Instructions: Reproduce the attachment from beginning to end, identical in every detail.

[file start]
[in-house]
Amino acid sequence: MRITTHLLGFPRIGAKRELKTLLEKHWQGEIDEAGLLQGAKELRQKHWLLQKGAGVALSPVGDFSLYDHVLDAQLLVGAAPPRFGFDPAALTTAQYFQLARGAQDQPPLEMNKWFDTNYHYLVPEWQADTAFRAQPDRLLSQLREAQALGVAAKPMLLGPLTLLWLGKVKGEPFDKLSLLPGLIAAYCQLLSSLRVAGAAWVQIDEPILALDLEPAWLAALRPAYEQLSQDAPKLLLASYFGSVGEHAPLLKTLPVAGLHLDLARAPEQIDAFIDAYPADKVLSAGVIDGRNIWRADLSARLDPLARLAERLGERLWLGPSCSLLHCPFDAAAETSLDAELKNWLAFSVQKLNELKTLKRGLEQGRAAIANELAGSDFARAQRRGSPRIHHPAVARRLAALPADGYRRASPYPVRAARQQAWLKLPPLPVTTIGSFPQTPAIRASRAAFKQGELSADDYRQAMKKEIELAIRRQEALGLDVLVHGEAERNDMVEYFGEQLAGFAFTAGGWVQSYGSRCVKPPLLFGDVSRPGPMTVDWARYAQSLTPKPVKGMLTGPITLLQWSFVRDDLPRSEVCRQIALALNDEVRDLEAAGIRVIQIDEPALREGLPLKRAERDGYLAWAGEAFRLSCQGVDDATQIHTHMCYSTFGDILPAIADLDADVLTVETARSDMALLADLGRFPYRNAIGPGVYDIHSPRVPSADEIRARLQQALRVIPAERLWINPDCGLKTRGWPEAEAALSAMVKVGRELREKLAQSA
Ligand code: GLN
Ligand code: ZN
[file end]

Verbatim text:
[in-house]
Amino acid sequence: MRITTHLLGFPRIGAKRELKTLLEKHWQGEIDEAGLLQGAKELRQKHWLLQKGAGVALSPVGDFSLYDHVLDAQLLVGAAPPRFGFDPAALTTAQYFQLARGAQDQPPLEMNKWFDTNYHYLVPEWQADTAFRAQPDRLLSQLREAQALGVAAKPMLLGPLTLLWLGKVKGEPFDKLSLLPGLIAAYCQLLSSLRVAGAAWVQIDEPILALDLEPAWLAALRPAYEQLSQDAPKLLLASYFGSVGEHAPLLKTLPVAGLHLDLARAPEQIDAFIDAYPADKVLSAGVIDGRNIWRADLSARLDPLARLAERLGERLWLGPSCSLLHCPFDAAAETSLDAELKNWLAFSVQKLNELKTLKRGLEQGRAAIANELAGSDFARAQRRGSPRIHHPAVARRLAALPADGYRRASPYPVRAARQQAWLKLPPLPVTTIGSFPQTPAIRASRAAFKQGELSADDYRQAMKKEIELAIRRQEALGLDVLVHGEAERNDMVEYFGEQLAGFAFTAGGWVQSYGSRCVKPPLLFGDVSRPGPMTVDWARYAQSLTPKPVKGMLTGPITLLQWSFVRDDLPRSEVCRQIALALNDEVRDLEAAGIRVIQIDEPALREGLPLKRAERDGYLAWAGEAFRLSCQGVDDATQIHTHMCYSTFGDILPAIADLDADVLTVETARSDMALLADLGRFPYRNAIGPGVYDIHSPRVPSADEIRARLQQALRVIPAERLWINPDCGLKTRGWPEAEAALSAMVKVGRELREKLAQSA
Ligand code: GLN
Ligand code: ZN